Watching The Painful Birth of East Timor

By Farish A. Noor, Muslim Media News Service (MMNS)

Seven years ago the nation-state of East Timor came into being. It was then the youngest country in the world, one of the poorest nations in Asia, and its history was written with the blood of its people who had been the victims of the forceful annexation, conquest and colonization of its greater neighbor Indonesia.

East Timor had never experienced a single day of democracy till then. Up to 1974 it was a colony of Portugal, an outcast colonial settlement at the edge of the world that was forgotten by its colonial mother-country and remembered even less by the rest of the international community. During the years of Portuguese rule the treatment of the East Timorese was so bad that local natives were not even allowed to walk on the pavements as long as there were white colonial settlers there. The Portuguese paid lip service to lofty notions of colonial governance but for all intents and purposes East Timor was a hole in the ground: Education was almost non-existent and basic social infrastructure like hospitals, universities and a local economy were not there either.

In 1974 with the political crisis in Portugal the end of the empire was near: Portugal relinquished control of East Timor that was then under the influence of leftist anti-colonialists who were thought to be proxy agents for Moscow or Peking. Suddenly East Timor was on the maps of strategists and securocrats the world over, for fear that it would fall into the hands of the Communists and become the next ‘Cuba of Asia’. With the consent and knowledge of the major Western powers including the United States of America, Britain and Australia, Indonesia’s army moved in and forcibly annexed the country at gunpoint.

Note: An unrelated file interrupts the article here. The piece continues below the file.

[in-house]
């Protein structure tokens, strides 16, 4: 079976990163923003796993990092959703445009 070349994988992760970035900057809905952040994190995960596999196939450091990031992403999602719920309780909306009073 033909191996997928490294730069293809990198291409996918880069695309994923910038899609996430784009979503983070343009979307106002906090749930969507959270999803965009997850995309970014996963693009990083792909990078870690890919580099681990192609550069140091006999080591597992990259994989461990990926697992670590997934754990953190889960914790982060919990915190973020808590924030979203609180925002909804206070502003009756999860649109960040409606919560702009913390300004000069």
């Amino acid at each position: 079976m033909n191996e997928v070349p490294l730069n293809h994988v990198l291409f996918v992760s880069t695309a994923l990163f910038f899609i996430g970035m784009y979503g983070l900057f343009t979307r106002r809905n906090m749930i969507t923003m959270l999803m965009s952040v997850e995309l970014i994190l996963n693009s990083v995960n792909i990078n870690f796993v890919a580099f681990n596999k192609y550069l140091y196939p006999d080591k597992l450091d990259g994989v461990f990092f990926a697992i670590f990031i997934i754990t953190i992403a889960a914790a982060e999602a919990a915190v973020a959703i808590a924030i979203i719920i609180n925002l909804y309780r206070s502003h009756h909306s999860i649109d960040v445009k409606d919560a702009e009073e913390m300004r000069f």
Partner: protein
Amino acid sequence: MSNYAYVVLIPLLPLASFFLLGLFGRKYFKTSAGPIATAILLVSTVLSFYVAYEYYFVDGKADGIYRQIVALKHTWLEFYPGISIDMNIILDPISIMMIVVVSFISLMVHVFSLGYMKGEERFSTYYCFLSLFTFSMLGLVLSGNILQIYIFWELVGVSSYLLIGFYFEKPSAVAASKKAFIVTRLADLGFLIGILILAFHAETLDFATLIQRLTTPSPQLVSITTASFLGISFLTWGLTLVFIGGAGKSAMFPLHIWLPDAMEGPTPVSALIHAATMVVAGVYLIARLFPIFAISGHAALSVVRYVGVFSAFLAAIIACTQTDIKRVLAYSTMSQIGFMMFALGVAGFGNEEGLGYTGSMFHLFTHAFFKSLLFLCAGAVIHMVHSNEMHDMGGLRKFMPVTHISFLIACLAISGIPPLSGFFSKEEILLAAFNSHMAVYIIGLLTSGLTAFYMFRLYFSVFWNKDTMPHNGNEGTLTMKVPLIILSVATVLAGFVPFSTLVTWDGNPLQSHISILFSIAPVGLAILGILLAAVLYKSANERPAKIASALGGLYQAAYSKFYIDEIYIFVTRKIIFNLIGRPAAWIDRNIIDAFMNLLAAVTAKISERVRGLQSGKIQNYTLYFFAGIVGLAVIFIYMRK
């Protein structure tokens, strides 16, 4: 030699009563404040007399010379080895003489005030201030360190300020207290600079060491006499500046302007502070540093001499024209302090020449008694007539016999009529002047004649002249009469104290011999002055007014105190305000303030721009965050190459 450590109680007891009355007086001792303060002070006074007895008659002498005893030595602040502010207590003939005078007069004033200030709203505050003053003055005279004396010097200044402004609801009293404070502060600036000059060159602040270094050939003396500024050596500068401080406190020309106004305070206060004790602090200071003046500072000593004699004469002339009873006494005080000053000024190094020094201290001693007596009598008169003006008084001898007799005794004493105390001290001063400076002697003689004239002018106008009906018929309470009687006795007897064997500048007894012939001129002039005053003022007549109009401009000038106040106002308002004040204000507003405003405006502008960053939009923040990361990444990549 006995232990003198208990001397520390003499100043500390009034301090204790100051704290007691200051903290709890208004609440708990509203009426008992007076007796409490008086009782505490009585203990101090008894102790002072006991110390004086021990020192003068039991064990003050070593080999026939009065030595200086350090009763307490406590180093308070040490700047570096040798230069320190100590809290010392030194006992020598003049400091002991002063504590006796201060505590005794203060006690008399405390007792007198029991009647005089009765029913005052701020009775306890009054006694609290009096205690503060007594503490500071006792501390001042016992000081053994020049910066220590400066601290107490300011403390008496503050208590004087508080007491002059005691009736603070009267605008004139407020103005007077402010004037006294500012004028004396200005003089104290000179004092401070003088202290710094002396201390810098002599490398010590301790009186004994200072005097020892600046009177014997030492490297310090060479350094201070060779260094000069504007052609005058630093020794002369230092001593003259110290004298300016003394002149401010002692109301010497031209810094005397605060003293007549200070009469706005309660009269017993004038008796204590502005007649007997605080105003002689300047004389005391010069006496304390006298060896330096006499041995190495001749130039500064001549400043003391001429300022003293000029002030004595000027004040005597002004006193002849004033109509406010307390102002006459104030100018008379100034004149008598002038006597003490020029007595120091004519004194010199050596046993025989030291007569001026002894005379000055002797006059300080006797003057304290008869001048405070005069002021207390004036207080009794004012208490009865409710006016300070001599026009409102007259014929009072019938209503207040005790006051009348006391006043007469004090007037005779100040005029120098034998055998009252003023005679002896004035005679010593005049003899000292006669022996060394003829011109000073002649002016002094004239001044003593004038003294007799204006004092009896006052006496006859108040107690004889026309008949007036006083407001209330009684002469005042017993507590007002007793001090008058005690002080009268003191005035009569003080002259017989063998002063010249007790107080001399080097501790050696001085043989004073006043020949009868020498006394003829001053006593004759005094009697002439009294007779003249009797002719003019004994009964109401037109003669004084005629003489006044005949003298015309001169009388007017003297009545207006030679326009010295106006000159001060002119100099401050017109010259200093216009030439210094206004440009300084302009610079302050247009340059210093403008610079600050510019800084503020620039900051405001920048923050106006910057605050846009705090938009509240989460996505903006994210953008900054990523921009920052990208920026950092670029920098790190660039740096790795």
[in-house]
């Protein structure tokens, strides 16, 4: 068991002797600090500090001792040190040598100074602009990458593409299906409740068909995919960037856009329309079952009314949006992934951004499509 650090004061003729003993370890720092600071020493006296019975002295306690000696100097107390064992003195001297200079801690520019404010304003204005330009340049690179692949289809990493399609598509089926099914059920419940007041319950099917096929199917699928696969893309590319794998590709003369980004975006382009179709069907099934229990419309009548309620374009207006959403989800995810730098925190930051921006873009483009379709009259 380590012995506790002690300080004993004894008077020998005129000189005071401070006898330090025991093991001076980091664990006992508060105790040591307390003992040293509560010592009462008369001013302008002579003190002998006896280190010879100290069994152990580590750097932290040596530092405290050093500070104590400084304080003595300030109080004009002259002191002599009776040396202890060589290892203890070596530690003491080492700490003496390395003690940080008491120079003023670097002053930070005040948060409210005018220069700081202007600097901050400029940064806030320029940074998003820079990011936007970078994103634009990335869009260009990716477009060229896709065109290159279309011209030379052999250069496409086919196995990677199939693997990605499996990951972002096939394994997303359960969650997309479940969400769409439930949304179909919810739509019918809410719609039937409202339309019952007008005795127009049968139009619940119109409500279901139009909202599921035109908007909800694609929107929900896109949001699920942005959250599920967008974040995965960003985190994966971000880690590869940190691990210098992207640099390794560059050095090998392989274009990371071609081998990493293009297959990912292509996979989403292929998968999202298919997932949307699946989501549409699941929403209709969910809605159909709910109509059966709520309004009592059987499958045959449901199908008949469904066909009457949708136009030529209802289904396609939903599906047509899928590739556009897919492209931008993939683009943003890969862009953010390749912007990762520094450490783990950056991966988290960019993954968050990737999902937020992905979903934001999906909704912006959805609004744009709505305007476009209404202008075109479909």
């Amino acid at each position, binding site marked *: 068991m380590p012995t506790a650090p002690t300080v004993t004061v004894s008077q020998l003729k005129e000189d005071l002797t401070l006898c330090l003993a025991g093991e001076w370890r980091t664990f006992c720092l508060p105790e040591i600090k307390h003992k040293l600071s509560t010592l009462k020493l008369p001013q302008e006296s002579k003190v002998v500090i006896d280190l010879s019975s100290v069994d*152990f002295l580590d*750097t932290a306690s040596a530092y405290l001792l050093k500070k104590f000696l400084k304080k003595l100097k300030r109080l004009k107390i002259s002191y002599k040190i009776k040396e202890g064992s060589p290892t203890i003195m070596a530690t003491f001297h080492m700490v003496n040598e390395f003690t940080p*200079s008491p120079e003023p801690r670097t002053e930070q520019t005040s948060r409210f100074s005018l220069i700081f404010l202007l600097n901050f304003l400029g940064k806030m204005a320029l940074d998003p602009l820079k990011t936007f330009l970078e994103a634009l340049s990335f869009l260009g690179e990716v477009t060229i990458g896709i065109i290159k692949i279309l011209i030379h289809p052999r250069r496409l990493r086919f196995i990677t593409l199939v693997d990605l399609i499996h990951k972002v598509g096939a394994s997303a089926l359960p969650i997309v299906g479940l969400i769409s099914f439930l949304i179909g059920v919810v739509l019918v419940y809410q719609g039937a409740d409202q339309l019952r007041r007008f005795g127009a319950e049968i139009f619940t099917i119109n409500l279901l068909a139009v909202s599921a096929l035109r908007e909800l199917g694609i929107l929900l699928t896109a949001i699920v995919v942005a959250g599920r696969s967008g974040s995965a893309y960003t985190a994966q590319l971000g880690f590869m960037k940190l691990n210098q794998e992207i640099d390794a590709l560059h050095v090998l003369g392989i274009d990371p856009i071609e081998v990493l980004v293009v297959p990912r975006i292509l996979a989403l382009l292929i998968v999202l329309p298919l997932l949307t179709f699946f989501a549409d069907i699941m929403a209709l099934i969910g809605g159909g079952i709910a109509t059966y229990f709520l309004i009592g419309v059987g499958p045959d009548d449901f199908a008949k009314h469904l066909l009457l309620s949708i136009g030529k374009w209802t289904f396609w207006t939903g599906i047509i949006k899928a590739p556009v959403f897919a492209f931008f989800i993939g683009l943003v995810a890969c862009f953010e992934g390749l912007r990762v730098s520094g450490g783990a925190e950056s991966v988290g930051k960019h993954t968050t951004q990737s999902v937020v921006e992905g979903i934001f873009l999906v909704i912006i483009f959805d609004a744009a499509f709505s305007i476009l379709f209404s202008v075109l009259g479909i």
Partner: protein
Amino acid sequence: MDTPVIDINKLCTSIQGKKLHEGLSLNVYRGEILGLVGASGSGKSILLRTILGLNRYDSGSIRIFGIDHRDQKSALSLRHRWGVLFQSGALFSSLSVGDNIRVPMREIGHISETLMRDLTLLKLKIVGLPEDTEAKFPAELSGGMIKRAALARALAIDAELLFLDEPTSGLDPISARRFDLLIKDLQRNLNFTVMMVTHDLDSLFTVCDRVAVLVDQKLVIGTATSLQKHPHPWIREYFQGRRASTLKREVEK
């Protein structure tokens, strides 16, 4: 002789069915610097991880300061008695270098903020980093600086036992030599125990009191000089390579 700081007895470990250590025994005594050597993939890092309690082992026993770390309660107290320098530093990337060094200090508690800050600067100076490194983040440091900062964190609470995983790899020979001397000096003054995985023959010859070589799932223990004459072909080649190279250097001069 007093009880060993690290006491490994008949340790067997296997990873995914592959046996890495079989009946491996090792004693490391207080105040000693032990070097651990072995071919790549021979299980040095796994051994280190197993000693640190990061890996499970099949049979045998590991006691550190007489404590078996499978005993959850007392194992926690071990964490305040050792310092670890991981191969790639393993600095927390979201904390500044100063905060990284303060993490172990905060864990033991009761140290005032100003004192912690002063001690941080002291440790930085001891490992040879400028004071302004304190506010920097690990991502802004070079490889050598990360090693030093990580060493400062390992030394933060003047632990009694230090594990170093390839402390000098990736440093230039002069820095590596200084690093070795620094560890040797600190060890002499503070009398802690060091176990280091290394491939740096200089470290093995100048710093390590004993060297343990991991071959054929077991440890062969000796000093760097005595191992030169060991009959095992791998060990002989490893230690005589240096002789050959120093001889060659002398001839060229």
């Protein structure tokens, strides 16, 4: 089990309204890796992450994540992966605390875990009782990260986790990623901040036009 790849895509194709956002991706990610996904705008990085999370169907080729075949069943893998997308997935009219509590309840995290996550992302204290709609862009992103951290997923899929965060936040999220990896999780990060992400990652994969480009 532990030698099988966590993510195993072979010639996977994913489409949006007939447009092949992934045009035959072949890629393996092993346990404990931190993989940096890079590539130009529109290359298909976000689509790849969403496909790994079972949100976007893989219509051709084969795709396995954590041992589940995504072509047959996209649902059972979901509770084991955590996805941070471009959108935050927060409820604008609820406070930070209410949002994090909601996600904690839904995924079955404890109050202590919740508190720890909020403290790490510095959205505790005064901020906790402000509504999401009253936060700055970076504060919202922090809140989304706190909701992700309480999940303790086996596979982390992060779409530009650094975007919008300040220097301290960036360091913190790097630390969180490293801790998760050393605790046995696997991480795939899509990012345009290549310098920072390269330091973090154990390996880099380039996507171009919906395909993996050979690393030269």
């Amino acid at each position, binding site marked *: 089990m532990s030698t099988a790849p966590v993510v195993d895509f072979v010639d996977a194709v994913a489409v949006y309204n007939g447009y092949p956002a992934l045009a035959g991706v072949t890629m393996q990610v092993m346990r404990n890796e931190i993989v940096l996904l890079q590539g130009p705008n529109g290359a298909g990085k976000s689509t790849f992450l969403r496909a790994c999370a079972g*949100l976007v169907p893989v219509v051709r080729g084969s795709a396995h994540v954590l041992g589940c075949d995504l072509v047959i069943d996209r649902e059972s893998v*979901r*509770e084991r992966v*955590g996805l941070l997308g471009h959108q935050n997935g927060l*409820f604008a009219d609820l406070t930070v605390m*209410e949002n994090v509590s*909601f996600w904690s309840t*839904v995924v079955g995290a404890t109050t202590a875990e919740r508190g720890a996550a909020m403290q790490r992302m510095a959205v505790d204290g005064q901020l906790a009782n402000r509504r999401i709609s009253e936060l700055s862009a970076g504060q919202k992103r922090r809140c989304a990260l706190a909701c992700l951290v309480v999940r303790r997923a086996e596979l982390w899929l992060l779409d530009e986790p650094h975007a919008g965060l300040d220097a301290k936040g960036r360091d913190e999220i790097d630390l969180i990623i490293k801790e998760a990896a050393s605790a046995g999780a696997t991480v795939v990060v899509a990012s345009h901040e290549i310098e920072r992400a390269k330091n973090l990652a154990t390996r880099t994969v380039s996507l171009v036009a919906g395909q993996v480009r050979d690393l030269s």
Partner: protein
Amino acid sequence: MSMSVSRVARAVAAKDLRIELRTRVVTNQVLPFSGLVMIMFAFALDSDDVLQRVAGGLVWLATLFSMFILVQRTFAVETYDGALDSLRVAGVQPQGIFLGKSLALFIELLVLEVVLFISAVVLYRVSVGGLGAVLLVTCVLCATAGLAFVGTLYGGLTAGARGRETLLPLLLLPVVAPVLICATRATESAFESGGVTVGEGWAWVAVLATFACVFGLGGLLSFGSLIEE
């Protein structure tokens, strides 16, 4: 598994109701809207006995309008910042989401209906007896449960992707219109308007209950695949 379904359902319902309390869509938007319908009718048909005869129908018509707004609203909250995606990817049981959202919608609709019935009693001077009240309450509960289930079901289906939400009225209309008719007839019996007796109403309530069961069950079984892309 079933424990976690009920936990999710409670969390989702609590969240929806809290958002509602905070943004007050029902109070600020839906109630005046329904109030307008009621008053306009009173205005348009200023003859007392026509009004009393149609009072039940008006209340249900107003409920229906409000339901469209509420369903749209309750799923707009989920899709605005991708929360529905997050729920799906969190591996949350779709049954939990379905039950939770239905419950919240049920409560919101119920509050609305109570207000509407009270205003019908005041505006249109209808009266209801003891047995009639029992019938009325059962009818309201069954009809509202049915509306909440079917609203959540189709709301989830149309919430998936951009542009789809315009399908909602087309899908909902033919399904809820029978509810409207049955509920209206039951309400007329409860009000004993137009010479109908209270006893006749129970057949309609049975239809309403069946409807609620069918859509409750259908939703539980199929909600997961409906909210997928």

For two and a half decades East Timor was ruled as a colony of Indonesia. At no point was democracy part of the agenda as Indonesia itself was hardly a democracy then. President Soeharto used his army and security services to clamp down on legitimate opposition movements in his own country and the same iron law applied to East Timor that became a dumping ground for a re-settlement campaign to re-populate the region. In time the ‘Indonesianisation’ of East Timor came about, with thousands of Javanese being moved there in order to solve the problem of over-population in Java.

At the same time the East Timorese were routinely co-opted and persecuted by the Indonesian elite who saw them as ‘ungreatful’ recipients of Indonesian governmental control.

In all this time, what has East Timor gained? Indonesia’s meddling into its affairs has left the country leaderless, with many of its prominent leaders like Xanana Gusmao forced to live abroad in exile.

East Timor’s population were inflicted with countless modes of social engineering including sterilization campaigns for its women and the routine rape, abuse, torture and murder of its prominent intellectuals, students, activists and union leaders. It was only the collapse of Soeharto’s regime in 1998 that brought an end to Indonesian rule there—and even so the Indonesian army commanders who were responsible for many of the actrocities like Generals Benny Moerdani and Wiranto have yet to face trial.